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Santee Cooper changes its mind on the site of its next power plant

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Santee Cooper has said said for months that it planned to build a natural gas plant at its coal-fired Winyah Generating Station (above) near Georgetown. Now the utility is shifting its focus to an undisclosed location in Hampton County. File 

In an abrupt about-face, Santee Cooper now plans to build a natural gas-fired electric generator in rural Hampton County, in part to replace aging coal units that are to be retired before the end of the decade.

The state-owned utility made the announcement at its Oct. 24 board meeting. Previously, talks had centered on constructing the plant at its Winyah site in Georgetown County.

"Santee Cooper needs additional natural gas generation to provide the flexibility to add more solar power," CEO Jimmy Staton said in a written statement. "Solar power is an intermittent resource, and natural gas can be ramped up or down quickly as the sun rises, falls, or hides behind an afternoon thunderstorm, which provides the system reliability we need."

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Santee Cooper's board members discussed a plan to build a natural gas-fired generating unit in Hampton County during an Oct. 24 meeting. File

Board members discussed plans at their meeting in Pinopolis to shift the preferred site for a natural gas-fired unit to about 130 miles to the southwest in Hampton County in response to concerns about extending a natural gas line to fuel the Georgetown site.

Santee Cooper said it has no alternative plans right now for the Winyah site.

"We have plenty of time for that," said Mollie Gore, director of corporate communications and external affairs.

The Moncks Corner-based utility declined to give the exact location in Hampton County that will house the plant, which will provide as much as 338 megawatts to meet 31 percent of its share of demand on the joint system with Central Electric Power Cooperative.

"At this point, it is a proposed site and not a final decision," Gore said.

Also, the location remains flexible as Santee Cooper addresses its construction requirements, she added.

Officials from Hampton County did not respond to requests for comment Monday.

The inland location doesn't come without concerns, including the need for additional investment in the existing transmission line system, which Santee Cooper continues to analyze.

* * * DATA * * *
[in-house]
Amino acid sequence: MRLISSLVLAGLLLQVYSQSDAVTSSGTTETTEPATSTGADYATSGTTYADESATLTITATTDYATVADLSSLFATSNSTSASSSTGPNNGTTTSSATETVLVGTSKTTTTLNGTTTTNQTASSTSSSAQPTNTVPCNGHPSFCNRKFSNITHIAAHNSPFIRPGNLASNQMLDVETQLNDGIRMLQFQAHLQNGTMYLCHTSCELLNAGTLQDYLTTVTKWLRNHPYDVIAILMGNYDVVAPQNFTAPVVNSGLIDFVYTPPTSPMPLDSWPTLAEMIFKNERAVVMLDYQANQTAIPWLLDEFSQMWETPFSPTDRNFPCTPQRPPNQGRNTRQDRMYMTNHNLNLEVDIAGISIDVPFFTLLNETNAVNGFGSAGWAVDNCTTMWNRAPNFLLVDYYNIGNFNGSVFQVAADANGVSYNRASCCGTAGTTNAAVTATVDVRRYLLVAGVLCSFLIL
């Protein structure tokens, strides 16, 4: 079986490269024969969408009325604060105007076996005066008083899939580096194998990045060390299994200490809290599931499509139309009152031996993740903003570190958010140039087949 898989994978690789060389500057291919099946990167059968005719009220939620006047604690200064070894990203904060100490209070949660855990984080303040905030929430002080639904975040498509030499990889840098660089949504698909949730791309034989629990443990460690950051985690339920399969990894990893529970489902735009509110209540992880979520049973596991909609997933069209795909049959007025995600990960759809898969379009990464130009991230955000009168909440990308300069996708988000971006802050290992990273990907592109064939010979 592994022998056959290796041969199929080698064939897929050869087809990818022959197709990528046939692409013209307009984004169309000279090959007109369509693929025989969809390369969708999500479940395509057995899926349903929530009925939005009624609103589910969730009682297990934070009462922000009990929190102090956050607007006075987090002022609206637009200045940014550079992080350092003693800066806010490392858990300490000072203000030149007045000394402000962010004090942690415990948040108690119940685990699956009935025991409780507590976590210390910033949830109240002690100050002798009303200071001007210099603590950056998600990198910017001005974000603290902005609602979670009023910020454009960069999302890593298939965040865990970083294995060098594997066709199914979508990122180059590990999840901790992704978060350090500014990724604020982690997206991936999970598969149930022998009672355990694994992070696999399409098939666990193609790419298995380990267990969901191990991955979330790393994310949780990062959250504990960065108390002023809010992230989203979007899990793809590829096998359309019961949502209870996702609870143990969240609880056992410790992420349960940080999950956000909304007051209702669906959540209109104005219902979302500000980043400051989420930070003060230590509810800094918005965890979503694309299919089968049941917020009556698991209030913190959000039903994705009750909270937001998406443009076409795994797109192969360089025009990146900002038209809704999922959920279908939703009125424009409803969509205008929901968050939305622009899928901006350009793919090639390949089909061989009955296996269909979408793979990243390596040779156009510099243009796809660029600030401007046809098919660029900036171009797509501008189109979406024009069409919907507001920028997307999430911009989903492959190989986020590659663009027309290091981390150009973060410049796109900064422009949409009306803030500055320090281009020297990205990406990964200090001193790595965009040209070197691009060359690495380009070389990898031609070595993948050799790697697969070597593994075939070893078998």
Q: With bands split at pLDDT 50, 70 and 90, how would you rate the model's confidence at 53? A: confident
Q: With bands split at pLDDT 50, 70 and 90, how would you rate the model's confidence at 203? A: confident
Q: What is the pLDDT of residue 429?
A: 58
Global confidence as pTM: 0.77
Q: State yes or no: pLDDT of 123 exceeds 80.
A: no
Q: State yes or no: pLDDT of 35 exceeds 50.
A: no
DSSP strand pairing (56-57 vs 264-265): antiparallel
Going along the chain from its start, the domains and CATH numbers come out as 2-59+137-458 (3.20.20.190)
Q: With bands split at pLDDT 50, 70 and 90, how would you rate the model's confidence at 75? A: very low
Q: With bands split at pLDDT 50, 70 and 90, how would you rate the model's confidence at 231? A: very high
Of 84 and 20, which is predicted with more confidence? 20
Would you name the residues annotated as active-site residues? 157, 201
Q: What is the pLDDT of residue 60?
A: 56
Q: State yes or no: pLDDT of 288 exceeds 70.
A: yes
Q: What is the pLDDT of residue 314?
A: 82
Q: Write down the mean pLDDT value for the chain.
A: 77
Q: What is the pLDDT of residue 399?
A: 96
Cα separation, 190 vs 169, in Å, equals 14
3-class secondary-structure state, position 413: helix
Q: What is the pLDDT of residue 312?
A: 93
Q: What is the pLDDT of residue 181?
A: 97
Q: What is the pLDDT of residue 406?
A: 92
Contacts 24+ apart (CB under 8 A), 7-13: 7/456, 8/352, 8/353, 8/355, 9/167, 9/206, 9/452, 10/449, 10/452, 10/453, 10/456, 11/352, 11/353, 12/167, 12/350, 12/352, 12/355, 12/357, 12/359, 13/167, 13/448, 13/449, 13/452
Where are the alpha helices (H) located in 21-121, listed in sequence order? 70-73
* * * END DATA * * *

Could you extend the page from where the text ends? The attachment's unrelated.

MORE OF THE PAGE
Santee Cooper said it expects the proposed gas unit, combined with solar options, battery storage and demand-side management to offer "critical reliability, affordability and resiliency" for customers" as the state's population grows.

The proposed generator is a scaled-down version of a larger project proposed for Winyah earlier this year that Central — Santee Cooper's largest customer— was expected to invest in as part of an "integrated resource plan." It would replace the 1,150 megawatts that will be lost when the last coal-fired unit at the coastal generating station is retired by 2029.

The revised plan presented Monday is part of the process laid out in a coordination agreement Central entered into with the Santee Cooper in 1980, said Mike Couick, who spoke on behalf of Central as CEO of the Electric Cooperatives of S.C., a trade group.

Under the plan, when Santee Cooper proposes a new power resource, Central can determine whether it will participate.

Central, which represents 20 independent power providers across South Carolina, informed Santee Cooper of its decision to opt out of the Winyah proposal. The Columbia-based group unveiled the framework of its multi-faceted approach last week, with details to be worked out through next year.

Central said it examined numerous options for its members, which deliver electricity to more than 1.7 million South Carolinians. It landed on a plan that includes buying electricity from existing plants within and beyond the state. It also calls for developing programs to help consumers curb their energy usage, tapping into large-scale alternative sources such as battery installations and pursuing deals with any new generators that are built in the state.

The decision by Central to provide a resource apart from Santee Cooper's natural gas-fired unit, no matter where it is built, does not prevent the two groups from working together on future projects, Couick said.

"We expect constructive talks to continue as we search for a multi-party in-state solution," he said.

Central's top executive is scheduled to appear Tuesday before a legislative panel that has expressed concerns about the group's relationship with Santee Cooper.

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